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Charting the Great Rotation of 2023

Every week that goes by seems to show how the mega-cap stocks that pushed the market higher in the first seven months of the year have now taken a back seat. Sectors like Financials and Energy have seen improved relative strength, while previous bellwether groups like semiconductors have begun to underperform.

When I noted bearish momentum divergences on key growth names last month, I began to think through a scenario called “The Great Rotation of 2023”. The general line of thinking was that, if and when growth stocks decided to take a breather, those assets would rotate elsewhere. Would it be to cyclical sectors like Energy, or more defensive sectors like Utilities?

As the Nasdaq 100 closed below its 50-day moving average this week, following similar breaks of support from stocks like Microsoft (MSFT) and Apple (AAPL), it seems that market has answered in a clear voice that it’s sectors like Energy which are now taking a new leadership role in August 2023.

Let’s review the technical setup that led to this great rotation, how to visualize the leadership roles shifting between sectors, and identify some ETFs that may have further opportunities to outperform in the coming weeks and months.

The Benchmarks Break Down

Stocks like Microsoft and Apple made consistently higher highs pretty much every month in 2023. But after making new highs in mid-July, both stocks have now pushed lower and now have violated the 50-day moving average.

AAPL has demonstrated perhaps the clearest evidence of a stock in a distribution phase, with a gap below the 50-day moving average followed immediately by further downside movement. This suggests that no willing buyers came in to buy on price weakness, but instead that more selling pressure is in play.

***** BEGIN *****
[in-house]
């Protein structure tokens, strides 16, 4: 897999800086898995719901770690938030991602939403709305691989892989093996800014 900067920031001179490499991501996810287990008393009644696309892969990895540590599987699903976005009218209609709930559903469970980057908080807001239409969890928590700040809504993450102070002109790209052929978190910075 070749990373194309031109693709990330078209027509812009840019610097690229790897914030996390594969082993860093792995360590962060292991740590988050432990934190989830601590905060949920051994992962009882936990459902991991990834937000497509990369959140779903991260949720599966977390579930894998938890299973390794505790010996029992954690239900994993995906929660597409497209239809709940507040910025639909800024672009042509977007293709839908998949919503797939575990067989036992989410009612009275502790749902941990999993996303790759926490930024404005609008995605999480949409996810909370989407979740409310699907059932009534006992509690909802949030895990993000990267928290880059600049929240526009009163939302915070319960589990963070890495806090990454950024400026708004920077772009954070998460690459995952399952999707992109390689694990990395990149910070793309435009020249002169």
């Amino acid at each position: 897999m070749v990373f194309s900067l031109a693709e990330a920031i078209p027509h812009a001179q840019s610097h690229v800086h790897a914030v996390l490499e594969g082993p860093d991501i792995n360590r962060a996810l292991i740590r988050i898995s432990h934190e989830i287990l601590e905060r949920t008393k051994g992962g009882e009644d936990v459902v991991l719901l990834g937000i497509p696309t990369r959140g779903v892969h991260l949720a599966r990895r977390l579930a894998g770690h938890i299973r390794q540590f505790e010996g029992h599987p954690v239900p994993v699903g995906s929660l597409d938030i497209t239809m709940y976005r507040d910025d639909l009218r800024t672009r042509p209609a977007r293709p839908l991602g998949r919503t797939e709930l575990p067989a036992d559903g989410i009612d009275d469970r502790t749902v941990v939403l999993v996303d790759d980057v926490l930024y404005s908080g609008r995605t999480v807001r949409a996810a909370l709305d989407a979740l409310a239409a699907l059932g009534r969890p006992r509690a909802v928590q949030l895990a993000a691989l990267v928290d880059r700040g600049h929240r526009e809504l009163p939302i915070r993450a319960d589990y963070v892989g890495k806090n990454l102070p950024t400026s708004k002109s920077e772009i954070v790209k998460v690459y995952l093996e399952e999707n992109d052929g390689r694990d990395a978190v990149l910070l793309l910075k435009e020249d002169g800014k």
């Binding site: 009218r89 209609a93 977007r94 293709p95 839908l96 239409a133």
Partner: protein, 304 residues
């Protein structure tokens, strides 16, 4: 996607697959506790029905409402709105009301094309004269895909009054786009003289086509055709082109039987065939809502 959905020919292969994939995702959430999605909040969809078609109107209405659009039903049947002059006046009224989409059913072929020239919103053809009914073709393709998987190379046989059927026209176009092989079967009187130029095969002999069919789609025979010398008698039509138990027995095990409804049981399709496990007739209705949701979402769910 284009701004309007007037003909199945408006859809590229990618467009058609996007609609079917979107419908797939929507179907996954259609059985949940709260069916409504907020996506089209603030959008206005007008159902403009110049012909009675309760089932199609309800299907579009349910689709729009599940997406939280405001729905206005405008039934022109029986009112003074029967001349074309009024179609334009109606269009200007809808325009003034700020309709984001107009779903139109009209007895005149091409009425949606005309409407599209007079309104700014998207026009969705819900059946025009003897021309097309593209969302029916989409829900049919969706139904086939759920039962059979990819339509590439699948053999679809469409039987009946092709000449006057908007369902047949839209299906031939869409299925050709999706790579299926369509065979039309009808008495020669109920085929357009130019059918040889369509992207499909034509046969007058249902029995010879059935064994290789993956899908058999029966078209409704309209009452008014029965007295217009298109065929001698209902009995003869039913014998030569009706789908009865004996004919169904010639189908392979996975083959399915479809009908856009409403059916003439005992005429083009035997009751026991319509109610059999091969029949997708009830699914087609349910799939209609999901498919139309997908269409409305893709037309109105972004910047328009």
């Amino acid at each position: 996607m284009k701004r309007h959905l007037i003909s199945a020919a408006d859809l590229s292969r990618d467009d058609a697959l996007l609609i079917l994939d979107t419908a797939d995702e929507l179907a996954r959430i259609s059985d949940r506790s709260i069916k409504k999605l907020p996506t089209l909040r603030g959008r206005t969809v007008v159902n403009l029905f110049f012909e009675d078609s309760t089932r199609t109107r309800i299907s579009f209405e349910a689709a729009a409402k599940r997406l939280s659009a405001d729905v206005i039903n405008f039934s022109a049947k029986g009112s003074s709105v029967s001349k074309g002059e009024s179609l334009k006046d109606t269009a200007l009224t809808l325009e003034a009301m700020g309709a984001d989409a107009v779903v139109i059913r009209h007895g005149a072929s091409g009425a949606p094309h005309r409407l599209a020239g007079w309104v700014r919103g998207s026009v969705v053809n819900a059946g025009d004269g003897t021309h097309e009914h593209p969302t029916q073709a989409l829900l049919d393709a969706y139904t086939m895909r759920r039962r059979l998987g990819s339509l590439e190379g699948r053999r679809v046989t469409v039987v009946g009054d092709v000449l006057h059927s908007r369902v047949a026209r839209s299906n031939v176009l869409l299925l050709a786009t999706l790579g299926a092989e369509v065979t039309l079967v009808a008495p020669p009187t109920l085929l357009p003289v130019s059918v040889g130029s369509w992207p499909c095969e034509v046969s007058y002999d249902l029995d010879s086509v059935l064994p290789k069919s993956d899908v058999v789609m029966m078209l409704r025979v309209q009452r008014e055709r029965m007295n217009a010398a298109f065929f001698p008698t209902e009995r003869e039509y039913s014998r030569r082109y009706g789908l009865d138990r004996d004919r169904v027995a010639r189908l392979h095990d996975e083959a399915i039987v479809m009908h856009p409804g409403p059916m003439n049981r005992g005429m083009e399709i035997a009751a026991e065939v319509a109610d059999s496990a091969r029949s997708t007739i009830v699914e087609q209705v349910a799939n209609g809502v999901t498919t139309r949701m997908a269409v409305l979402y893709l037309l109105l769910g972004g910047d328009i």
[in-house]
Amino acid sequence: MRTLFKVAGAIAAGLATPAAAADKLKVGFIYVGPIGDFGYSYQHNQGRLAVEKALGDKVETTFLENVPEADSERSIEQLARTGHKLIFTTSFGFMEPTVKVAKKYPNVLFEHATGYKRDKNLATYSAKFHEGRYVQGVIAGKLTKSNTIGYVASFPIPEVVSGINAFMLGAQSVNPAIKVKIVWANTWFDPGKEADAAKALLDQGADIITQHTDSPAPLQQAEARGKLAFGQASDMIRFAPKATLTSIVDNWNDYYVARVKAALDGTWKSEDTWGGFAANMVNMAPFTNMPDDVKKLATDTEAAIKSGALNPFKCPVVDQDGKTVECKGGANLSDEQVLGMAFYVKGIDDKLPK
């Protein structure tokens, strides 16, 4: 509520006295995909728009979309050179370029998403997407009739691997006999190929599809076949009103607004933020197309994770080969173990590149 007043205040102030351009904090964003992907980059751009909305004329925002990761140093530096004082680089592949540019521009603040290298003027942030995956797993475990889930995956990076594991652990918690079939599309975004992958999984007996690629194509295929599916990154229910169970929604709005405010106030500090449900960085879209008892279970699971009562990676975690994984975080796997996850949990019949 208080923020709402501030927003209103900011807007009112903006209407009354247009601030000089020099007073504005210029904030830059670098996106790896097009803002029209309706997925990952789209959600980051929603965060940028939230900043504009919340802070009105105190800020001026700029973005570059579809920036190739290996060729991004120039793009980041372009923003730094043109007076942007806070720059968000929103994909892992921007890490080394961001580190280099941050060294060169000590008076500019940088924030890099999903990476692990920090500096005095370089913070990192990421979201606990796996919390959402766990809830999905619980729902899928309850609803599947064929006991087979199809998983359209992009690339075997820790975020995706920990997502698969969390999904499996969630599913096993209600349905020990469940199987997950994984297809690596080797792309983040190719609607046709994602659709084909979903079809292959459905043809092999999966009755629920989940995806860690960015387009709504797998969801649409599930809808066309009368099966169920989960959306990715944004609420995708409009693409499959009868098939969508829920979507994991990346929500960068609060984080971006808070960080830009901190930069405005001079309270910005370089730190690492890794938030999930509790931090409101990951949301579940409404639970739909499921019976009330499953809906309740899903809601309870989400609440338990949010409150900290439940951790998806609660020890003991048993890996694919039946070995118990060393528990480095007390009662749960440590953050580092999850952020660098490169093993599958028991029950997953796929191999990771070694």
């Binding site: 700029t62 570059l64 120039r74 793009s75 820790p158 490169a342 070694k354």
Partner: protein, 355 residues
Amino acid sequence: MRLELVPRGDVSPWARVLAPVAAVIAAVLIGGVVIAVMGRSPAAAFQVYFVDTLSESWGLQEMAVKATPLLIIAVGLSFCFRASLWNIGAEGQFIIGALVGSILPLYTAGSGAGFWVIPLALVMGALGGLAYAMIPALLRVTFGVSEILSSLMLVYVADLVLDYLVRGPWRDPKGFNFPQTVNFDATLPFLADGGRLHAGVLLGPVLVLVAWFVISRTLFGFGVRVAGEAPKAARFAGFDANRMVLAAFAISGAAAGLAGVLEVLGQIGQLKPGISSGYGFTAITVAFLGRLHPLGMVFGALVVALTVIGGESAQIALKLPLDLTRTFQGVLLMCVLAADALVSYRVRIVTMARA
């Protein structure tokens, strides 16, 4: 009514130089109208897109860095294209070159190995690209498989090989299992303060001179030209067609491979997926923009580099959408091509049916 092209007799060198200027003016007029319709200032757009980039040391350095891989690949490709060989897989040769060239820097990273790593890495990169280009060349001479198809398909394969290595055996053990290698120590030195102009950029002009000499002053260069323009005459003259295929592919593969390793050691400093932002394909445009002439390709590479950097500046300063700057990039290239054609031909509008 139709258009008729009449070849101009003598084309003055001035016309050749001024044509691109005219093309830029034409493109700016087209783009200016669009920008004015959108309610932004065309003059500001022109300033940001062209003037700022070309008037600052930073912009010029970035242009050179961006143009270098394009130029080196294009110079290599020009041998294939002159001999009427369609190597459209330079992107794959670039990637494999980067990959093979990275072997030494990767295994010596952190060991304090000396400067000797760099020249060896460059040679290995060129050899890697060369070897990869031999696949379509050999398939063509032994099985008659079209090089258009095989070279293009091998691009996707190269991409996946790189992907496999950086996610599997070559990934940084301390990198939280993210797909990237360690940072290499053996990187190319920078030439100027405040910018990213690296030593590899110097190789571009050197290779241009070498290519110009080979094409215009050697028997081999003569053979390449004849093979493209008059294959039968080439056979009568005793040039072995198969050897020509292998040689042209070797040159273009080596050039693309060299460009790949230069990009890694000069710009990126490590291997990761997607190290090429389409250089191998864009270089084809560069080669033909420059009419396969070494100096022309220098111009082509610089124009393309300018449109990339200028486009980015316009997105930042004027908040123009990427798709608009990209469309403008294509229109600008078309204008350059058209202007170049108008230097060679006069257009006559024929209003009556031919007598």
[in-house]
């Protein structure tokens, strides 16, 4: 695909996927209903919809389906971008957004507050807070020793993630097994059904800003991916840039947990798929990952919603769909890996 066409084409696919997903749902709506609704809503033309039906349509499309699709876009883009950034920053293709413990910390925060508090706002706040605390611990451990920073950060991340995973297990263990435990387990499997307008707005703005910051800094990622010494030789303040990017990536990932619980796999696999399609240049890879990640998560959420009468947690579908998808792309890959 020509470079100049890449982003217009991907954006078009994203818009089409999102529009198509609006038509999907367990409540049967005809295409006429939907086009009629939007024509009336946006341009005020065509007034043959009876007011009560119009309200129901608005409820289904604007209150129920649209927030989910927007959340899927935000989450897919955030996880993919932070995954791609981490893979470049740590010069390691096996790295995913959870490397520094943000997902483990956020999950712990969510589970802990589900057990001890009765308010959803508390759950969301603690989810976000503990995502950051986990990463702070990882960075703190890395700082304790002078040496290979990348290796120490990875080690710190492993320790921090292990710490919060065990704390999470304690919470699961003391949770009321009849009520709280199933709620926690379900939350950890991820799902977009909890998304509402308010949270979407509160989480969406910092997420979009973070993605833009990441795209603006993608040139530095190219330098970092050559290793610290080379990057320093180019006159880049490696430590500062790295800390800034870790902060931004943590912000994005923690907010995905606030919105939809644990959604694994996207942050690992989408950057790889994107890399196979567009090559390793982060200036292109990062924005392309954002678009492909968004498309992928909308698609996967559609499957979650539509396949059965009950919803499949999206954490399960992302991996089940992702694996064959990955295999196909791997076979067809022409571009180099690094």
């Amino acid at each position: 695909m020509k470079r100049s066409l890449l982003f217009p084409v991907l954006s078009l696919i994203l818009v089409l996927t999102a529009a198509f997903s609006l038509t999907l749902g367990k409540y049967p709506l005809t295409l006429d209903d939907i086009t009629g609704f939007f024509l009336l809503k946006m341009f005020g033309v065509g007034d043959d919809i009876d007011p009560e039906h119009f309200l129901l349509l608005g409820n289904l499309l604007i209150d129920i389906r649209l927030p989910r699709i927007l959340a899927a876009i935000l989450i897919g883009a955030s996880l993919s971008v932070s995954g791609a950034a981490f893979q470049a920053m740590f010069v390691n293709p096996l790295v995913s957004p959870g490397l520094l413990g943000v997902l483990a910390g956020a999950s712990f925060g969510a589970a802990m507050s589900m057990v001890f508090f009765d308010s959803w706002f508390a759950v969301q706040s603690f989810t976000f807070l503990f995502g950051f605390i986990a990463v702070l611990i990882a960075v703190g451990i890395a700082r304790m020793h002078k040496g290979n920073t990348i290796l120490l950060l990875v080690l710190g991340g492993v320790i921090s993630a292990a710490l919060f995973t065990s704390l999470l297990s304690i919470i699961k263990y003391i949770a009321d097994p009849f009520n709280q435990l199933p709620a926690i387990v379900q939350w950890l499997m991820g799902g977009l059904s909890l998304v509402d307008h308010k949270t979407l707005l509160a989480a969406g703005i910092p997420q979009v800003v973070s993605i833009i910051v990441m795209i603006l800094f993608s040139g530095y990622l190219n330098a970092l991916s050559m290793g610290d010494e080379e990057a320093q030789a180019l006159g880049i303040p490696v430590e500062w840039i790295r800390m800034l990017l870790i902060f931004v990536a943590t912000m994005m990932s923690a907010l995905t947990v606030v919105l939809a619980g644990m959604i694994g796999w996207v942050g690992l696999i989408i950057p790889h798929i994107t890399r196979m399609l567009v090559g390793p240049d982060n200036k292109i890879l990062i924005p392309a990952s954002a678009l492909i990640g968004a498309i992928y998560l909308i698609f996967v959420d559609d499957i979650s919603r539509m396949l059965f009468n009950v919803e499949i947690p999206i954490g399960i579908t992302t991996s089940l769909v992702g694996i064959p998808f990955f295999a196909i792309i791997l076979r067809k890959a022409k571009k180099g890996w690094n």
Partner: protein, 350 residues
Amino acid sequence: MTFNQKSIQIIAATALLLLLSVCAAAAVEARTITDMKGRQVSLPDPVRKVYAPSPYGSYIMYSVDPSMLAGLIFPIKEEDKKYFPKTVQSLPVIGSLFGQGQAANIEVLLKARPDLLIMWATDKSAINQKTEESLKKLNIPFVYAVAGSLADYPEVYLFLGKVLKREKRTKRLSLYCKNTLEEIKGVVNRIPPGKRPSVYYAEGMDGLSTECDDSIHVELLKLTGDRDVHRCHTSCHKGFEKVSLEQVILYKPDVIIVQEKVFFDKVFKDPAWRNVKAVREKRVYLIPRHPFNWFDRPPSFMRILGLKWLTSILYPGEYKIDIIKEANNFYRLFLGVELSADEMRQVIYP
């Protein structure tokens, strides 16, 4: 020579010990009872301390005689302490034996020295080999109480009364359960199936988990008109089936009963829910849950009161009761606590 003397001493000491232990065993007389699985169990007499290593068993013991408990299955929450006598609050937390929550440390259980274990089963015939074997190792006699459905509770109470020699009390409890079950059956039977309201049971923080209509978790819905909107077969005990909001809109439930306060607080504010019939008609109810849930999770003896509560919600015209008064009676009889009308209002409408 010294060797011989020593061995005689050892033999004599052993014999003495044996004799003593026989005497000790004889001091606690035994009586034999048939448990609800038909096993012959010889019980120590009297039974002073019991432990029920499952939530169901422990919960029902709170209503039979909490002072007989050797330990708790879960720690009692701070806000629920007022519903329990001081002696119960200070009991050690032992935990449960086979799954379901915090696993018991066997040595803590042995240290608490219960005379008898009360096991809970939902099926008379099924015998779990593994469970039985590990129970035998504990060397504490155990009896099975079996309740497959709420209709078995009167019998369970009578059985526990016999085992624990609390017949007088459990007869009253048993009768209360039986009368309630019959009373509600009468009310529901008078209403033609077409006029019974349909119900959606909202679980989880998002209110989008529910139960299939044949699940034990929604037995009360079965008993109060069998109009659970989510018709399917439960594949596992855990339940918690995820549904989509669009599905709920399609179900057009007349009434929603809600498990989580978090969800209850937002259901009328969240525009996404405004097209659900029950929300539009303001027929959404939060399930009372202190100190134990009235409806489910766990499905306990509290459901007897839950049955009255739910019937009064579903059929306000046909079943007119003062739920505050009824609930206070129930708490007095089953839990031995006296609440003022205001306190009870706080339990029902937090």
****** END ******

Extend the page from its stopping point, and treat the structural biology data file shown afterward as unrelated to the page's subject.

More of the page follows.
The Nasdaq 100 is now about 6% off its July high, while leading names like AAPL and MSFT are down 11% and 13%, respectively. I was taught that “all large losses begin as small losses,” and, given the initial downthrust in these leading names, I’m inclined to stay out of the way until some sort of support level is established.

With the top-heavy nature of our equity indexes, with even the S&P 500 weighted heavily to these mega-cap growth stocks, the S&P is also under pressure.

The SPX did manage to hold its 50-day moving average this week, but it’s worth noting that only 55% of S&P 500 members are above their own 50-day moving average. That’s down from about 90% just three weeks ago! To rephrase, about a third of the S&P 500 members have broken their 50-day moving average in the last couple weeks.

Visualizing the Rotation from Growth to Value

The weekly RRG chart provides an ideal way to visualize sector rotation, so a review of the RRG seemed to be a logical next step for me to quantify a potential rotation from growth to value.

Back in March, the RRG was very much in a growth-over-value position. Growth sectors like Technology and Communication Services were firmly in the Leading Quadrant, while value-oriented sectors like Financials and Energy were pushing into the Lagging Quadrant.